Los Angeles health officials are investigating a measles outbreak in the county. The LA County Department of Public Health confirmed five cases among county residents, and that these are the first cases of transmission within the county in 2019.
No ages were released, but public health officials say the majority of the cases were unvaccinated. Potential measles exposure locations include Los Angeles International Airport (LAX) and the University of California at Los Angeles (UCLA).
“We will likely see additional measles cases in Los Angeles County, so it is important if you or someone you know has the symptoms of measles or has been exposed to measles to contact your healthcare provider by phone right away before seeking treatment,” said Muntu Davis, MD, MPH, Los Angeles County Health Officer, in a press release.
“The best way to protect yourself and to prevent the spread of measles is to get the measles immunization, with two doses of measles immunization being about 97% effective at preventing measles,” he continues.
There is no known current risk related to measles at those locations at this time, public health officials say. They investigate all cases in the county and identify potential contacts to try to prevent additional spread of measles.
This outbreak follows a jump in the number of measles cases nationwide. According to the Centers for Disease Control and Prevention (CDC), an estimated 626 individual cases have been confirmed this year in 22 states. That’s the second-highest total since measles was declared eliminated in 2000.
What is the Measles Virus?
Measles is a highly contagious respiratory disease caused by a virus and most commonly spread through coughing or sneezing. Symptoms can include rash, high fever, cough, runny nose and watery eyes.
The people most at risk are those who have not been vaccinated against the illness, which is 97% effective, according to the CDC.
With a disease such as measles, the primary method of prevention is vaccination. The CDC states that “the MMR vaccine protects against measles, mumps and rubella.
“The current recommendation is for children get two doses of MMR vaccine and teens and adults should also be up to date on their MMR vaccination.”
There are several reasons why people may not be vaccinated or are immune to the vaccine.
According to the CDC, about three out of 100 people who get the two doses of the vaccine will still get measles if exposed to the virus.
Other reasons why people aren’t vaccinated include a history of allergies and autoimmune diseases, as well as a weakened or failing immune system.
Protect Your Building From Measles and Other Airborne Diseases
When we hear about exposures in very public places, especially in locations such as an airport or college or library, it can cause alarm. What can we do to best protect ourselves and our tenants?
An exposure to airborne diseases occurs when a person is in the same confined space with a carrier of the disease. For measles, an exposure is defined as being with or near someone who has measles and occupying the same space with that person.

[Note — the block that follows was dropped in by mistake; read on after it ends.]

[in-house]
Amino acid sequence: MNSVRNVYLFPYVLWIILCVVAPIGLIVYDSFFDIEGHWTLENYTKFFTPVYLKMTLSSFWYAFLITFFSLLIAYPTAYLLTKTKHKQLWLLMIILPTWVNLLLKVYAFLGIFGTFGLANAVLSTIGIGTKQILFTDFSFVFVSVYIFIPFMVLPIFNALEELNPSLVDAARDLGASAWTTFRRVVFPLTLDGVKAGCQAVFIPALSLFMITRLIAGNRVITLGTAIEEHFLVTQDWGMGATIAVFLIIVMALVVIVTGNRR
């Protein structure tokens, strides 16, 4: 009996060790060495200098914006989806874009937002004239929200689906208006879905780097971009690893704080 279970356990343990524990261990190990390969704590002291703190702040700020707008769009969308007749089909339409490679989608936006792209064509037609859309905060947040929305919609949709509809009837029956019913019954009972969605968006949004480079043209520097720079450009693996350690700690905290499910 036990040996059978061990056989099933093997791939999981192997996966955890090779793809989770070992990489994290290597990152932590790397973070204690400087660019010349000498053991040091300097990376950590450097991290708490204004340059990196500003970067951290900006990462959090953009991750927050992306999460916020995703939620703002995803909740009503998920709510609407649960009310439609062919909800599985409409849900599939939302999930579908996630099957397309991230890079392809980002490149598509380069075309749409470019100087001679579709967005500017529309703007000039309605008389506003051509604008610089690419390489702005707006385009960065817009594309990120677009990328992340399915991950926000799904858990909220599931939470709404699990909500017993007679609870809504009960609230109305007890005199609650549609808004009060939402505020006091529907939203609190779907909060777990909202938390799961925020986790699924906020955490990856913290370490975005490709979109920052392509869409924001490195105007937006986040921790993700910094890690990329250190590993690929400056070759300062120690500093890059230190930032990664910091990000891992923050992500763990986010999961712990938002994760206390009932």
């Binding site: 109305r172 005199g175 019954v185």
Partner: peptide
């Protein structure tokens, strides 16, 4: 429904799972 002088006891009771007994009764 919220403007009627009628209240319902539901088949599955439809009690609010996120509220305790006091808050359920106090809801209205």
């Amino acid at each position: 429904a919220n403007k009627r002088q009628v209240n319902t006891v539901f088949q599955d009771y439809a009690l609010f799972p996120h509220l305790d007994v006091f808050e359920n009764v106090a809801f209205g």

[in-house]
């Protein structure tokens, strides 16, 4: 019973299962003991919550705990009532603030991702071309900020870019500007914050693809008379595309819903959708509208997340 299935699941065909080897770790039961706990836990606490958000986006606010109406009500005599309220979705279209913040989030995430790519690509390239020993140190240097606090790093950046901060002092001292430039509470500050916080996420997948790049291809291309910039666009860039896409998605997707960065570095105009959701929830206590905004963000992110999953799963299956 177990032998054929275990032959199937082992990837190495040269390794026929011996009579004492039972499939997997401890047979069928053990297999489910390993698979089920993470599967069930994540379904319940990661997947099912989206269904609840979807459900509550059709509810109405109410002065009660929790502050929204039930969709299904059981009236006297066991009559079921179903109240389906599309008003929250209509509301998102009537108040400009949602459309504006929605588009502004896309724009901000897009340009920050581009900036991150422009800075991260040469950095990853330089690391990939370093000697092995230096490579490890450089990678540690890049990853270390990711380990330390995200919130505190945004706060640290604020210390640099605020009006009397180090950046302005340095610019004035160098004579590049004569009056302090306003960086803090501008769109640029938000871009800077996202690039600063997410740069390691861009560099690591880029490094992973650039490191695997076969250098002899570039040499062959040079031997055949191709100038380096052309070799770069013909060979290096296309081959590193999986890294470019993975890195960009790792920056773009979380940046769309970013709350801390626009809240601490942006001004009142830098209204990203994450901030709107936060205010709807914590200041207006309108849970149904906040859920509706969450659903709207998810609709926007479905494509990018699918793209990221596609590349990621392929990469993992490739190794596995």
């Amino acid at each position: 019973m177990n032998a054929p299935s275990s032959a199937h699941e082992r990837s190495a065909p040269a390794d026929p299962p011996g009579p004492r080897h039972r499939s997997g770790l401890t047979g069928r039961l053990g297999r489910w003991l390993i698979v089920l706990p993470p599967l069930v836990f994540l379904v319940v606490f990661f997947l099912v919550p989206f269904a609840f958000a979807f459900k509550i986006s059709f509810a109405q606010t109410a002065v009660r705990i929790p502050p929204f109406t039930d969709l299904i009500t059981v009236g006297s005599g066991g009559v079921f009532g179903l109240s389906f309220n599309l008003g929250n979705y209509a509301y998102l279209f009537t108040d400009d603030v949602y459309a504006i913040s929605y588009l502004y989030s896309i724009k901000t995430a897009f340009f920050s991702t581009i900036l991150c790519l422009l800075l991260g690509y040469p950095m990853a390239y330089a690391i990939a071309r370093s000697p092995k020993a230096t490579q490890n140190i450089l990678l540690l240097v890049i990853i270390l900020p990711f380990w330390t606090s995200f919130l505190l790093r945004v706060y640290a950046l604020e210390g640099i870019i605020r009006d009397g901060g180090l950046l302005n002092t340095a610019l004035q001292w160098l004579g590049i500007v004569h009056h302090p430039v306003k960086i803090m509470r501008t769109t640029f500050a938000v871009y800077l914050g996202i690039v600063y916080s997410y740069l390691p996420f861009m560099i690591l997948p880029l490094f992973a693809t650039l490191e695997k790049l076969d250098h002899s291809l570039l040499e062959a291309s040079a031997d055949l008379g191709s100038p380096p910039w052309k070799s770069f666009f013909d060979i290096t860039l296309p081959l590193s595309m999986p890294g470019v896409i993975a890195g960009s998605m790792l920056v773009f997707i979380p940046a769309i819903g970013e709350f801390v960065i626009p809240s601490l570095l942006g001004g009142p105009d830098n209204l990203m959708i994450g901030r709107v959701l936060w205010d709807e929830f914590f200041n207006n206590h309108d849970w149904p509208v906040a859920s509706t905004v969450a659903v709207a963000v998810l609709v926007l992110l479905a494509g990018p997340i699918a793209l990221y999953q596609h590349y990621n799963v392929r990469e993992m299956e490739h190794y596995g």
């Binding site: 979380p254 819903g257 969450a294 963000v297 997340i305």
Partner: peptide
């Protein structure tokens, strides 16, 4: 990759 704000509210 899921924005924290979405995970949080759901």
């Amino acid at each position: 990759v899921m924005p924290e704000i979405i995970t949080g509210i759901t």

The exposure period extends to up to two hours after the infected person has left.
“The best way to protect yourself and to prevent the spread of measles is to get the measles immunization, with two doses of measles immunization being about 97% effective at preventing measles,” - Muntu Davis, MD, MPH, Los Angeles County Health Officer
Because some people are either immune to the vaccine or cannot be vaccinated, we rely on herd immunity, or community immunity. The idea is simply that by having a majority of people vaccinated against a certain disease, it is harder for it to spread and become an outbreak.
Like most illnesses, exposure of measles cannot be completely avoided. But we can take additional steps to help prevent the spread of the disease for those that are not vaccinated, including these four things:
1. Hand sanitizer
Put out hand sanitizer in clearly visible locations, such as near building entrances. A study from the Journal of the America Osteopathic Association shows that optimizing dispenser placement increases usage by more than 50%.
[Here’s an idea: Bathroom Hand Sanitizer Helps Commercial Buildings Promote Cleanliness]
2. Hand washing
Encourage tenants to wash their hands frequently. If soap and water aren’t available, use an alcohol-based hand rub that contains at least 60% alcohol.
3. Cover up
Cover your nose and mouth when coughing or sneezing.
4. Don’t share food or beverage items
Avoid sharing items such as utensils, straws (if they’re even still around) and water bottles as well as electronics like cell phones, tablets and laptops.
For even more tips, check out 3 Tips for Better Facility Hygiene with examples of ways facilities managers can help prevent the spread of not just measles, but all airborne illnesses.
This article was first published in March 2019 on Meetings Today and was updated April 24, 2019.
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